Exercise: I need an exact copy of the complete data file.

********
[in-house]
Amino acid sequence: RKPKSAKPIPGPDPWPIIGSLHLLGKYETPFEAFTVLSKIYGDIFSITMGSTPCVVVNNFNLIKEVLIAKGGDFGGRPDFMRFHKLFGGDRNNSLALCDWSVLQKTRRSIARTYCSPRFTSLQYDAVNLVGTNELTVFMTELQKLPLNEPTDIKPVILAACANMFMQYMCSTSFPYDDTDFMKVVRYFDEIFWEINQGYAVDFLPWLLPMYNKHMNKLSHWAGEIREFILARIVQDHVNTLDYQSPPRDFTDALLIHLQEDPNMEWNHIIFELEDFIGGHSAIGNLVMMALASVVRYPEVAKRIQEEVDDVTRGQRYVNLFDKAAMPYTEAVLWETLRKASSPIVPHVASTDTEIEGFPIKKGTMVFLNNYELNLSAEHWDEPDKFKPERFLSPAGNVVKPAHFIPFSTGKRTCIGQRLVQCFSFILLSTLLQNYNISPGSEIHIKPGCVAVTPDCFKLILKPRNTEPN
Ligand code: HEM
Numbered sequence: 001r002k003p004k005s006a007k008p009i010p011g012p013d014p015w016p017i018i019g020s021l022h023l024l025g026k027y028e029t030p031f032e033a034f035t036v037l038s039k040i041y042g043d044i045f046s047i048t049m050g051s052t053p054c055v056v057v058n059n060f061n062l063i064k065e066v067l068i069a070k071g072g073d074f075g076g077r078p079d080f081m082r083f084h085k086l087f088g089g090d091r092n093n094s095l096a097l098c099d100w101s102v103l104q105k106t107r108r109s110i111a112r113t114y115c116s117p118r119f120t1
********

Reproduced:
[in-house]
Amino acid sequence: RKPKSAKPIPGPDPWPIIGSLHLLGKYETPFEAFTVLSKIYGDIFSITMGSTPCVVVNNFNLIKEVLIAKGGDFGGRPDFMRFHKLFGGDRNNSLALCDWSVLQKTRRSIARTYCSPRFTSLQYDAVNLVGTNELTVFMTELQKLPLNEPTDIKPVILAACANMFMQYMCSTSFPYDDTDFMKVVRYFDEIFWEINQGYAVDFLPWLLPMYNKHMNKLSHWAGEIREFILARIVQDHVNTLDYQSPPRDFTDALLIHLQEDPNMEWNHIIFELEDFIGGHSAIGNLVMMALASVVRYPEVAKRIQEEVDDVTRGQRYVNLFDKAAMPYTEAVLWETLRKASSPIVPHVASTDTEIEGFPIKKGTMVFLNNYELNLSAEHWDEPDKFKPERFLSPAGNVVKPAHFIPFSTGKRTCIGQRLVQCFSFILLSTLLQNYNISPGSEIHIKPGCVAVTPDCFKLILKPRNTEPN
Ligand code: HEM
Numbered sequence: 001r002k003p004k005s006a007k008p009i010p011g012p013d014p015w016p017i018i019g020s021l022h023l024l025g026k027y028e029t030p031f032e033a034f035t036v037l038s039k040i041y042g043d044i045f046s047i048t049m050g051s052t053p054c055v056v057v058n059n060f061n062l063i064k065e066v067l068i069a070k071g072g073d074f075g076g077r078p079d080f081m082r083f084h085k086l087f088g089g090d091r092n093n094s095l096a097l098c099d100w101s102v103l104q105k106t107r108r109s110i111a112r113t114y115c116s117p118r119f120t1